The process of starting, directing, and maintaining, physical and psychological activities; includes mechanisms involved in preferences for one activity over another and the vigor and persistence of responses.
Internal state that arises in response to a disequilibrium in an animal's physiological needs.
External stimulus or reward that motivates behavior although it does not relate directly to biological needs.
The learning theory that stresses the role of observation and the imitation of behaviors observed in others.
Hierarchy of Needs
Maslow's view that basic human motives form a hierarchy and that the needs at each level of the hierarchy must be satisfied before the next level can be achieved; these needs progress from basic biological needs to the need for self-actualization.
An eating disorder in which an individual weighs less than 85% of her or his expected weight but still expresses intense fear of becoming fat.
An eating disorder characterized by binge eating followed by measures to purge the body of excess calories.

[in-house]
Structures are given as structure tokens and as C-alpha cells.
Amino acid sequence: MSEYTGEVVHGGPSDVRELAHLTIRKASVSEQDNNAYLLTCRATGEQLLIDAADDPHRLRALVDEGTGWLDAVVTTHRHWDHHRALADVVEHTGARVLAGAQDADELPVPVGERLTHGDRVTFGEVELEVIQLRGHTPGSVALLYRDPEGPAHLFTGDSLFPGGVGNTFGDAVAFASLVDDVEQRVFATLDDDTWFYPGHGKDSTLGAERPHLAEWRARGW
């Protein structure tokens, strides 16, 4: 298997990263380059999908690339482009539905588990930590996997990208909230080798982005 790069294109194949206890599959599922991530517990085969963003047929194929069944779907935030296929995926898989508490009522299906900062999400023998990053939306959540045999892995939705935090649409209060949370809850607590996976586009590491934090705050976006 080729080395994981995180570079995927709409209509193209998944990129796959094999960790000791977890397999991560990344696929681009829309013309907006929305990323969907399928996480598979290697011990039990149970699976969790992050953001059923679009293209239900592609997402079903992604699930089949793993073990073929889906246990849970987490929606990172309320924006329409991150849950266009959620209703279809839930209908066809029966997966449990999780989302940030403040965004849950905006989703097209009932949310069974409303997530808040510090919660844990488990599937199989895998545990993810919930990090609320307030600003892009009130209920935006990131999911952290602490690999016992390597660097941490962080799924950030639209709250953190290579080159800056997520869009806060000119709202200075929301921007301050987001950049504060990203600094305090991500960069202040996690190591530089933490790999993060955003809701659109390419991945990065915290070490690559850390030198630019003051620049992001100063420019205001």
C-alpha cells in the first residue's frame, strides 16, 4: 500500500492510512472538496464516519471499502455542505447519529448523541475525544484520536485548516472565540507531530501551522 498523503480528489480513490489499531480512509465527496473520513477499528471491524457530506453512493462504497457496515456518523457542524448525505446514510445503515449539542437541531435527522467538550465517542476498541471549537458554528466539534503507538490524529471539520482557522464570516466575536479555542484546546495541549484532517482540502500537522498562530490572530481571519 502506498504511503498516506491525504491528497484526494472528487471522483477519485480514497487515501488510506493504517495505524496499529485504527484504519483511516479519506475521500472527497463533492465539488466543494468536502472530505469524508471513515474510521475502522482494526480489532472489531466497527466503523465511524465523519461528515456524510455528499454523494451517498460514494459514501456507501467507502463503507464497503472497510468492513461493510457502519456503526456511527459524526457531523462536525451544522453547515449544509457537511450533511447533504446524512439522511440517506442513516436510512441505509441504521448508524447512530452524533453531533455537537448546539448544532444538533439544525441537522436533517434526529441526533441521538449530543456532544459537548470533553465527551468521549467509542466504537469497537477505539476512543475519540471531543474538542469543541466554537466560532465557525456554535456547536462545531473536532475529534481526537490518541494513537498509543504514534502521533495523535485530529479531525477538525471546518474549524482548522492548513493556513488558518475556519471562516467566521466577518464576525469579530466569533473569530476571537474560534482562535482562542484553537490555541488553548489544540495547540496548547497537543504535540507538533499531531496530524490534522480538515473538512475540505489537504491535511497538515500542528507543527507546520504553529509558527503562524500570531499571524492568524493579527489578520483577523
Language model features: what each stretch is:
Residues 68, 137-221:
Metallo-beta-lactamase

Binge Eating Disorder
An eating disorder characterized by out of control binge eating without subsequent purges.
The motivational state of excitement and tension brought about by physiological and cognitive reactions to erotic stimuli.
Unwanted sexual violation by social acquaintance in the context of a consensual dating situation.
Thematic Apperception Test (TAT)
A projective test in which pictures of ambiguous scenes are presented to an individual, who is encouraged to generate stories about them.
Need for Achievement (n Ach)
An assumed basic human need to strive for achievement of goals that motivates a wide range of behavior and thinking.
Psychologist who studies various aspects of the human work environment, such as communication among employees, socialization or enculturation of workers, leadership, job satisfaction, stress and burnout, and overall quality of life.
A cognitive theory of work motivation that proposes that workers are motivated to maintain fair and equitable relationships with other relevant persons; also, a model that postulates that equitable relationships are those in which the participants' outcomes are proportional to their inputs.